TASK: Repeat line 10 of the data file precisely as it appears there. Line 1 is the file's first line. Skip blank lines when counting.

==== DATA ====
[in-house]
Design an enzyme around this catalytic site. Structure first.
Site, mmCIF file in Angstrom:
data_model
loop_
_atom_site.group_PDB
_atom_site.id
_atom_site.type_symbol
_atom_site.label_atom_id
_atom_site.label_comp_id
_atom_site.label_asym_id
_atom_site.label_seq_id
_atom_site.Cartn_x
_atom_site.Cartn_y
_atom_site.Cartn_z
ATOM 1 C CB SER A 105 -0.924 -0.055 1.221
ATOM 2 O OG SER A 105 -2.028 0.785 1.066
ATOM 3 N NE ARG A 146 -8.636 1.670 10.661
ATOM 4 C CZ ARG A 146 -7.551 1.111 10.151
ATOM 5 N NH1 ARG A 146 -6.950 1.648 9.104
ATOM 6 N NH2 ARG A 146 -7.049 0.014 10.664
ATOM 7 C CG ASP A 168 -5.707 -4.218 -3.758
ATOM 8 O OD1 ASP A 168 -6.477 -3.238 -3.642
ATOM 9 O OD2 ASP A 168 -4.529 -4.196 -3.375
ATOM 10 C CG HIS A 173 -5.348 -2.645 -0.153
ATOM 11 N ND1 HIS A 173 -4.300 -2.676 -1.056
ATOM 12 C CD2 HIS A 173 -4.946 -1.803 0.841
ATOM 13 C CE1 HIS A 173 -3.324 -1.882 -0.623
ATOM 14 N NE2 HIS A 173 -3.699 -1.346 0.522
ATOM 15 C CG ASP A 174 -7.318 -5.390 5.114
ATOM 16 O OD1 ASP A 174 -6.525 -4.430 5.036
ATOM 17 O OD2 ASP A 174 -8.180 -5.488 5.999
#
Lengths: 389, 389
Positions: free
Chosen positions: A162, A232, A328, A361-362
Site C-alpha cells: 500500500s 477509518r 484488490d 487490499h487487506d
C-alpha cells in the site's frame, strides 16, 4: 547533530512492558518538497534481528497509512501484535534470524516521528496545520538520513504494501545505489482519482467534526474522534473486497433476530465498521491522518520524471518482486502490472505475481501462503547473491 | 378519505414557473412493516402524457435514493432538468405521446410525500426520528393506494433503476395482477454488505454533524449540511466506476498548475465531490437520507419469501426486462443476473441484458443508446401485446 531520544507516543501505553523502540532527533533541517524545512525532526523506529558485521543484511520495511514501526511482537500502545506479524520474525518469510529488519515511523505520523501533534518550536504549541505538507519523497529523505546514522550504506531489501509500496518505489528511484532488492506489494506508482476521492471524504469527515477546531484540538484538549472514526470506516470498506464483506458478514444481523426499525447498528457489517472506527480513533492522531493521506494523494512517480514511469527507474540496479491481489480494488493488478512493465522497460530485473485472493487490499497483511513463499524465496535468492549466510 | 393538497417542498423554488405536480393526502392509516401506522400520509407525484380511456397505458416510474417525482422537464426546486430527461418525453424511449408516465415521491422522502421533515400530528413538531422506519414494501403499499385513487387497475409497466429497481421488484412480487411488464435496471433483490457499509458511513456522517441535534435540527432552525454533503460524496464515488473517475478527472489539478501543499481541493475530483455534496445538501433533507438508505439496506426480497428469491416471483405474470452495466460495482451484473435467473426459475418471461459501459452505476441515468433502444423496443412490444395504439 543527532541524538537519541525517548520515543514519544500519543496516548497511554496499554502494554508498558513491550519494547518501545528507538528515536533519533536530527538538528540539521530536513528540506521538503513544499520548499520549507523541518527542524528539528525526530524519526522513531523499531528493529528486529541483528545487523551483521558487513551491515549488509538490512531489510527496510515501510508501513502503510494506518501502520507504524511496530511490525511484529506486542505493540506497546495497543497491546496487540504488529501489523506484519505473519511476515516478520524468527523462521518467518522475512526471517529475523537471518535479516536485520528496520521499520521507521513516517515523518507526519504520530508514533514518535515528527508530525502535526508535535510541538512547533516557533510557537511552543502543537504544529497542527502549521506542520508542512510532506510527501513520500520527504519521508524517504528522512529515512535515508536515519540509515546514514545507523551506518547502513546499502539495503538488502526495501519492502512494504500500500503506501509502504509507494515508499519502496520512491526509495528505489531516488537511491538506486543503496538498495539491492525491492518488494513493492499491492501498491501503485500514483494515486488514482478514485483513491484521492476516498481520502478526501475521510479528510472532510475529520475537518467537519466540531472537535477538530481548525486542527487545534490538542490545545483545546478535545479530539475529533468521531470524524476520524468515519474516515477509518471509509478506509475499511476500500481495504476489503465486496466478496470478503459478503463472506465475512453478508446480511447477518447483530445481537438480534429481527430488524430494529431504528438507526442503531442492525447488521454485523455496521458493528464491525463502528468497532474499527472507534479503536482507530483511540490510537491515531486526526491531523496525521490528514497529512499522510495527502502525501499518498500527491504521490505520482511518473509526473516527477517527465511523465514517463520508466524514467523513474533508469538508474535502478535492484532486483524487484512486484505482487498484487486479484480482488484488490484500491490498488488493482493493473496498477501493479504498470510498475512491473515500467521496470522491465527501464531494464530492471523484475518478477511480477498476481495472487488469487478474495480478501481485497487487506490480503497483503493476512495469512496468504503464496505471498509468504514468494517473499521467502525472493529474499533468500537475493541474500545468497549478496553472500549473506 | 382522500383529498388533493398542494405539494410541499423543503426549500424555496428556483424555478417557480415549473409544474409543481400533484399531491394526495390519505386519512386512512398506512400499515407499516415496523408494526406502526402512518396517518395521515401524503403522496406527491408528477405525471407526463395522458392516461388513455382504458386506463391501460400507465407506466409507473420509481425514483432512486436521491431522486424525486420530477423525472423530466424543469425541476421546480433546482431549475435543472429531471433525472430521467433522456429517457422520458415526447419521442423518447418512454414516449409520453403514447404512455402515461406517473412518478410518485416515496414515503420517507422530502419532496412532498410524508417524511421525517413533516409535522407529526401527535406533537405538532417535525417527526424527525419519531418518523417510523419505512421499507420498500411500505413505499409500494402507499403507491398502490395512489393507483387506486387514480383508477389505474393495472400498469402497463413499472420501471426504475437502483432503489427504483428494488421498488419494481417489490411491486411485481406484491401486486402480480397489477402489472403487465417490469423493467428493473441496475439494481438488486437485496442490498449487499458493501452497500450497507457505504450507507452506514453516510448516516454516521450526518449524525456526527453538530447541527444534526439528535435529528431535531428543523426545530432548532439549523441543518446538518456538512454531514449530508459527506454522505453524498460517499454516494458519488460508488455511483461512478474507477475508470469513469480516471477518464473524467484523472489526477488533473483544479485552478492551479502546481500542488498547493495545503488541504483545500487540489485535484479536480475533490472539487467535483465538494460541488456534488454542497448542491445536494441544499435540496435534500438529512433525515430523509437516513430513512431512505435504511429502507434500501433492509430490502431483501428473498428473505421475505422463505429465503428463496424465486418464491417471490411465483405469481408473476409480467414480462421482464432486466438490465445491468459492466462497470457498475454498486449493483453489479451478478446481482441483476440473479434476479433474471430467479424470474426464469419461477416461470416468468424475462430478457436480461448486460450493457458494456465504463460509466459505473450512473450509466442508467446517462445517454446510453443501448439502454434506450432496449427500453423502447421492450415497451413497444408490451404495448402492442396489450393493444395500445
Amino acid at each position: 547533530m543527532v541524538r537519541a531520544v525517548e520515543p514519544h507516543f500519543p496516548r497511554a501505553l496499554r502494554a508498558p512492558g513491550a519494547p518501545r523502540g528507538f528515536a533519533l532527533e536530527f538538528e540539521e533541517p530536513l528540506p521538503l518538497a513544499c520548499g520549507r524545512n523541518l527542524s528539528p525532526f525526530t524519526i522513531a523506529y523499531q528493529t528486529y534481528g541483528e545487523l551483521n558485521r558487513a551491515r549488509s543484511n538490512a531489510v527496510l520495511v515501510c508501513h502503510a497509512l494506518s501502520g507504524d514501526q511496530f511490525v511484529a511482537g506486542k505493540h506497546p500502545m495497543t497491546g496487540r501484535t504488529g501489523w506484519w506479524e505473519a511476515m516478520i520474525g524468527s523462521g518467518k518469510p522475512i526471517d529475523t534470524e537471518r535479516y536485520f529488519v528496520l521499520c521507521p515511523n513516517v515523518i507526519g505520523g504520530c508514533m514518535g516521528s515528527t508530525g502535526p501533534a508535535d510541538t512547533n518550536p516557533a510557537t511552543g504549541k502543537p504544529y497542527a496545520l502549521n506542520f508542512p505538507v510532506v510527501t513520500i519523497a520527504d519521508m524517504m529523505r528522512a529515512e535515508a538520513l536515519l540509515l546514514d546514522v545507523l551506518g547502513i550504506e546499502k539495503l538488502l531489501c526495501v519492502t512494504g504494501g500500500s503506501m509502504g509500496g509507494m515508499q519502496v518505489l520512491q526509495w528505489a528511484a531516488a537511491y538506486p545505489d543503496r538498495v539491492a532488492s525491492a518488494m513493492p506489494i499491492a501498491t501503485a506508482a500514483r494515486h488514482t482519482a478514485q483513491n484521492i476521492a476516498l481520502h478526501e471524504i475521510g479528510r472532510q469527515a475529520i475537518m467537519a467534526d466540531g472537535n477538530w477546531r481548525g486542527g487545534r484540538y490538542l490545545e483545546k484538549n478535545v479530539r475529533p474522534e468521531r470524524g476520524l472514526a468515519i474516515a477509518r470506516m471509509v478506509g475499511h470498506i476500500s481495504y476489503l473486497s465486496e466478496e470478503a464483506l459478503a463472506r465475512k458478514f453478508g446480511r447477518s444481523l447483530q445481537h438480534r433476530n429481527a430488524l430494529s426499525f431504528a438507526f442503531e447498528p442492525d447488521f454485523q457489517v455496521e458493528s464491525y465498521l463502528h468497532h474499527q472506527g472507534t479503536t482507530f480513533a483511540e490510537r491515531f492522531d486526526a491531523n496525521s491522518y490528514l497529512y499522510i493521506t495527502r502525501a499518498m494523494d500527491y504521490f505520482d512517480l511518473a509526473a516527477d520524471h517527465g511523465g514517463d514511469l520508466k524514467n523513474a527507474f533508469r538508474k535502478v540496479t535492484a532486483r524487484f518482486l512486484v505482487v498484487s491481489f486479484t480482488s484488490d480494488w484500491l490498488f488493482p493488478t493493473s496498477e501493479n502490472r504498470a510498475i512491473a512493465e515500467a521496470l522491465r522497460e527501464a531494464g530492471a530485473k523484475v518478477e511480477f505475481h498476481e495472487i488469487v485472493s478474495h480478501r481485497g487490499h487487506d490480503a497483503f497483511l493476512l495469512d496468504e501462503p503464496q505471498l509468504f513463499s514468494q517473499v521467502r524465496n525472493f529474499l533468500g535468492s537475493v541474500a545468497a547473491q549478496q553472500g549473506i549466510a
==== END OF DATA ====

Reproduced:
_atom_site.label_comp_id